I don't know if the GC related crash in CMUCL could be caused by the Matlisp package or not. I'd appreciate any comments regarding this. Below is a copy of the posting to CMUCL-HELP...
I need some guidance with the following problem. I'm currently
stumped and really don't want to start redoing my analysis code
in another language.
The problem seems to be the GC process dumping me to the "LDB>" prompt
Size lossage. No size function for object at 0x48232e70
First word of object: 0x3c9d00ea
GC lossage. No scavenge function for object 0x3c9d00ea
If I (GC-OFF), run the code, then (GC-ON) all runs well. Unfortunately
the simple test code I'm running, w/ (GC-OFF), runs me near 512-Meg and the
target machine won't be that big.
The core I'm using is...(note I have added MATLISP/1.0b. A rather full
matrix library is required for my applications)
Python 1.0, target Intel x86
CLOS based on PCL version: September 16 92 PCL (f)
CLX X Library MIT R5.02
Motif toolkit and graphical debugger 1.0
Defsystem Mar 13 1995
Finally I'm running...
I'm using CMUCL 2.4.20, Release 2 distributed as a Debian package and
converted to RPM w/ Alien. I'm running under RH 6.2 (Linux
tnx in adance
Dr Michael A. Koerber Good judgment comes from experience.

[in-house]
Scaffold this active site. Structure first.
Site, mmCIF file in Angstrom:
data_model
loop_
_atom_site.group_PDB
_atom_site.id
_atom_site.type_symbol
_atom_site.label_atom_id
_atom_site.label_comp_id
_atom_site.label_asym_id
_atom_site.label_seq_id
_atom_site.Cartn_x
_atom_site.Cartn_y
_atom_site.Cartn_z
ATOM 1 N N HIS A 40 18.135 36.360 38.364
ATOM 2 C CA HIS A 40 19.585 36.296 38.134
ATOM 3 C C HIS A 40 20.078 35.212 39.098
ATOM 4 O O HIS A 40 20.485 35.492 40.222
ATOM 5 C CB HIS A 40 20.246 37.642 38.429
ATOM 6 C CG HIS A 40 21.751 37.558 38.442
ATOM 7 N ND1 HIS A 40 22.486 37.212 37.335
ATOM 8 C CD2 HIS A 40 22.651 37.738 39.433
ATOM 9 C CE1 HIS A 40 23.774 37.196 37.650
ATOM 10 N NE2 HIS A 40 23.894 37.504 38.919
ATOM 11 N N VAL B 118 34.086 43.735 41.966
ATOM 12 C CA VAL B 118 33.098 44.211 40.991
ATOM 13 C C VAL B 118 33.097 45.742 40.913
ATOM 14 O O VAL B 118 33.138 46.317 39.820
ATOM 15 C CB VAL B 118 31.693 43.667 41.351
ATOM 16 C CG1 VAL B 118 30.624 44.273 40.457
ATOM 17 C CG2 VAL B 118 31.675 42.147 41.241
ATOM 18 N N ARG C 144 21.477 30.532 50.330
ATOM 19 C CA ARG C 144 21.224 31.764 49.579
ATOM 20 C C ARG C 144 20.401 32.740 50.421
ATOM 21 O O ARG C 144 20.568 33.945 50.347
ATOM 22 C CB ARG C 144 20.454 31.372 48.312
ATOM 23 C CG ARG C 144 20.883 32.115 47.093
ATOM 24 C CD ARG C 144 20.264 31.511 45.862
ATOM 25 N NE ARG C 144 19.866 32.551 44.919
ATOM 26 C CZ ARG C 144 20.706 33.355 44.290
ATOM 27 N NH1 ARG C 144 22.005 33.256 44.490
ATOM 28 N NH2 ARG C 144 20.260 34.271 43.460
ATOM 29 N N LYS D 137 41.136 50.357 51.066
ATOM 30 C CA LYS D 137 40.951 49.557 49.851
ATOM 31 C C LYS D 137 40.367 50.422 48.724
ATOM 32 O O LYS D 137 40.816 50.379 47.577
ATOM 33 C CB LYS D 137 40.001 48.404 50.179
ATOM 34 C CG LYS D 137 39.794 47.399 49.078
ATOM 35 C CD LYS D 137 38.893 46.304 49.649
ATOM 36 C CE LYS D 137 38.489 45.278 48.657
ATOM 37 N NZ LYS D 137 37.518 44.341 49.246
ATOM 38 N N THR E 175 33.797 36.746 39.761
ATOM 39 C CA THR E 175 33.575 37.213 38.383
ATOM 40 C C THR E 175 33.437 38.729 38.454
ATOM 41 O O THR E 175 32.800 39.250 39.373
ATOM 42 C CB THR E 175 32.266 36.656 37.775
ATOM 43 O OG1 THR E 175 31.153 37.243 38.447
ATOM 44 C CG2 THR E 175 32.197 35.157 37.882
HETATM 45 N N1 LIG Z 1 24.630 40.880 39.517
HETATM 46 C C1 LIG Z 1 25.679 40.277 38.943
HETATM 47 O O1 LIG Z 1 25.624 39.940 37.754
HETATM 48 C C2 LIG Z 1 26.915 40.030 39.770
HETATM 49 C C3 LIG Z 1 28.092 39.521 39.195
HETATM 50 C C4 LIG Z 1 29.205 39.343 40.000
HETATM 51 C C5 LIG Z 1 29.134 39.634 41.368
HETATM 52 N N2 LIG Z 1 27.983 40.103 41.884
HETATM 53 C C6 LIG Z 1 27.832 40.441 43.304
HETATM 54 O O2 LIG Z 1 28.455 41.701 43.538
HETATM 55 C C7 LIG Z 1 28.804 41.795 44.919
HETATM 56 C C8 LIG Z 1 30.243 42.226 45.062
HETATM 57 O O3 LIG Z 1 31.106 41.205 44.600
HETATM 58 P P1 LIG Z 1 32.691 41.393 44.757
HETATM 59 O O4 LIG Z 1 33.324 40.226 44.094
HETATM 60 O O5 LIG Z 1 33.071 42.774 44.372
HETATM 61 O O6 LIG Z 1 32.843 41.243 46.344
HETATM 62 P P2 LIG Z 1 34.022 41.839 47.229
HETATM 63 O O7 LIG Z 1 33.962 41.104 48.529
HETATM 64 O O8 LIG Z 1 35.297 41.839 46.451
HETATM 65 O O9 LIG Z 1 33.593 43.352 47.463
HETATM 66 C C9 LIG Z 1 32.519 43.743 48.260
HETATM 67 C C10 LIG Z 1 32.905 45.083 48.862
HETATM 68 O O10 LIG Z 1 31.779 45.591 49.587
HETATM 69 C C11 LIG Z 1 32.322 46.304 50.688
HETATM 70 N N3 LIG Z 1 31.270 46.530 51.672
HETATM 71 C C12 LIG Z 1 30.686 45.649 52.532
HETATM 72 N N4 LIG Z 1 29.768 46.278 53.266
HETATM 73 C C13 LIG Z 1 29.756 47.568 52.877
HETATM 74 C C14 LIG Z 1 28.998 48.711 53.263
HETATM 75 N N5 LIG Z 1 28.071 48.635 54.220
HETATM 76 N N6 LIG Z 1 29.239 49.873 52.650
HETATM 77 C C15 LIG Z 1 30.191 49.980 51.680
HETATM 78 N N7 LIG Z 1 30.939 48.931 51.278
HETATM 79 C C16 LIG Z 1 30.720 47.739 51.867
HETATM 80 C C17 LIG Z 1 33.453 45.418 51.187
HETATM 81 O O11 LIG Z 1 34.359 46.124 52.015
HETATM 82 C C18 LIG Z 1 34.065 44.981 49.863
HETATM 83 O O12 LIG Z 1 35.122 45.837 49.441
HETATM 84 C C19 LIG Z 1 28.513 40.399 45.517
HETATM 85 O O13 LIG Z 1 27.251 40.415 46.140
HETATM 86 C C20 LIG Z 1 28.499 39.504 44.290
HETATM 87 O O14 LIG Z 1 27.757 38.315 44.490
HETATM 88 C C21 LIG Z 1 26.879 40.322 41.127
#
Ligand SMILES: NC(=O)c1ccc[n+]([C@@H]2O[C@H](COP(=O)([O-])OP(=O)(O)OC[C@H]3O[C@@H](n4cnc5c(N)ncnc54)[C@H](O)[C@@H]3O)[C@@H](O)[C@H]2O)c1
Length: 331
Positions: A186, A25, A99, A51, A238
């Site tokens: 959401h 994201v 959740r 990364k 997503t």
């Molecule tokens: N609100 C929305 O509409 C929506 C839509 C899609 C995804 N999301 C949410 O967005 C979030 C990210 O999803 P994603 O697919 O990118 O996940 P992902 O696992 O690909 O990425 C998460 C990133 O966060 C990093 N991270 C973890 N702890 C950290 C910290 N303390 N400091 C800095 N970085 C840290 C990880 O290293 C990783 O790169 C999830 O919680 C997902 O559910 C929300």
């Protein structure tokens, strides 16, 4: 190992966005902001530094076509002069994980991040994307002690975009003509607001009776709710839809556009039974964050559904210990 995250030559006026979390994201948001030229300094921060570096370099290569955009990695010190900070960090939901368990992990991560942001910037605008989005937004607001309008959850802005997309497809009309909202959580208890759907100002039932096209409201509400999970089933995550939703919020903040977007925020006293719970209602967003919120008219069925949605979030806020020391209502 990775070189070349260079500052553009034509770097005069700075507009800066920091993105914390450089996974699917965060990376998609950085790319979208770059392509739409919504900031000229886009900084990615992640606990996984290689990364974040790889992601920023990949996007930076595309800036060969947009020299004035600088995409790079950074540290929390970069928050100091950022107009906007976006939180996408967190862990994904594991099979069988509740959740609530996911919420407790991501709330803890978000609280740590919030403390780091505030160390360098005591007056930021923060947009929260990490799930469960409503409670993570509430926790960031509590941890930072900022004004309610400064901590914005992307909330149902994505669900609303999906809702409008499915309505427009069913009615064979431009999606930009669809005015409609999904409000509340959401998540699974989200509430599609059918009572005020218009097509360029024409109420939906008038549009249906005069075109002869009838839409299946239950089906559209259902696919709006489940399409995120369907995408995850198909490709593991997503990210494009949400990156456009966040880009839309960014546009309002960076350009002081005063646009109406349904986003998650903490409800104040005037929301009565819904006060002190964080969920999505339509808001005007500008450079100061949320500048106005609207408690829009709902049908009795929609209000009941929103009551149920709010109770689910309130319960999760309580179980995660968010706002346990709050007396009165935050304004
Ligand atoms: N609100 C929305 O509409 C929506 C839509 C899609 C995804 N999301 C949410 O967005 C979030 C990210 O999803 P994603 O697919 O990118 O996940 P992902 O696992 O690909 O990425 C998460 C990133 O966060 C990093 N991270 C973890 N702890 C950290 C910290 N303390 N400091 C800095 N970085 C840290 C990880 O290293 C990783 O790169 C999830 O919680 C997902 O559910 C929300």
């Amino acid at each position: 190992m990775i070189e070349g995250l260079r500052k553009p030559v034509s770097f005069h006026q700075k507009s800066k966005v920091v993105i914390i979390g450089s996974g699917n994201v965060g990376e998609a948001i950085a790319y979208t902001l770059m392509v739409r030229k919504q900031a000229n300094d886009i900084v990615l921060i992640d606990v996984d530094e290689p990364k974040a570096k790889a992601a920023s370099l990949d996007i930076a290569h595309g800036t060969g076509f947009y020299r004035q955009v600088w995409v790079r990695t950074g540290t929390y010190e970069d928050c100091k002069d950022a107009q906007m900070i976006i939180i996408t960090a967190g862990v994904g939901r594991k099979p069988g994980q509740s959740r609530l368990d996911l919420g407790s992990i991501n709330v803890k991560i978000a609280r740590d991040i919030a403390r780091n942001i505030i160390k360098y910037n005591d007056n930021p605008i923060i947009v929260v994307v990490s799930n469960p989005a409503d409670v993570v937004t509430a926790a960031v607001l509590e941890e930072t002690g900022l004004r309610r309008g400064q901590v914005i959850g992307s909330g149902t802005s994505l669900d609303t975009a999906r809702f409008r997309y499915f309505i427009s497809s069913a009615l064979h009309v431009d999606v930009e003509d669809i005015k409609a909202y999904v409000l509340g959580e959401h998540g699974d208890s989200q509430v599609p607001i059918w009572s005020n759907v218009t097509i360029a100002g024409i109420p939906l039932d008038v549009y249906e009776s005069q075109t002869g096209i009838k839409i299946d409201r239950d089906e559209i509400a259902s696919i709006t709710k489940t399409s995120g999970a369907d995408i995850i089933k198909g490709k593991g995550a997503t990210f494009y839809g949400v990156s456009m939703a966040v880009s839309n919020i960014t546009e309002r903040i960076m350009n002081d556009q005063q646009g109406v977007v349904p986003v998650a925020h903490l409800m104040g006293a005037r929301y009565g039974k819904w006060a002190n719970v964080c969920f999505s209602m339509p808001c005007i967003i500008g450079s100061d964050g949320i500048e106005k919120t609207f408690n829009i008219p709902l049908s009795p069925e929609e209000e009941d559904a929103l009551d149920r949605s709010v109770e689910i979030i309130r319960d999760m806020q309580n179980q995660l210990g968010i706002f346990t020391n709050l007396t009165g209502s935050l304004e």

MIT/Lincoln Laboratory Experience comes from bad judgment.
This looks hairy. I think the problem can be worked out though.
1. since it works with GC-OFF the problem should not be with the
foreign calls to LAPACK and BLAS (because with-vector-data-addresses
calls foreign functions without-gcing).
2. I think it'd be useful to know the size of your matrices and the exact
function in which you get the awkward memory error.
I suspect that the "crash" is somehow related to the GEV (generalized Eigen Value/Vector) routines. It was when I started making numerous calls to that package that the crashes started. The basic procedure program was to:
1. Compute a 31 x 2 complex matrix, D
2. Form R = ctranspose(D) D, a 2 x 2 matrix
3. Compute Eigenvalues
4. Repeat 1--3 a few thousand times for different D matricies
Steps 1--2 have been computed hundred's of thousands of times with no errors of any type reported. The addition of step 3 seems to cause the problems. The problems have been not only the GC reported problem, but occasional random crashes in another subroutine which is receiving "impossible" arguments w/ value NULL.
Due to project requirements at my end, I have started a rewrite of my analysis code from the ground up in Matlab in order to have presentable results in time for a review. I don't feel that I'm capable of solving the Lisp/Matlisp problem w/in the time constraints. If you have time or interest, I can send my routines and a "crash demo" to you, or perhaps run some experiments over the weekends that might provide you data to track down the source of the error.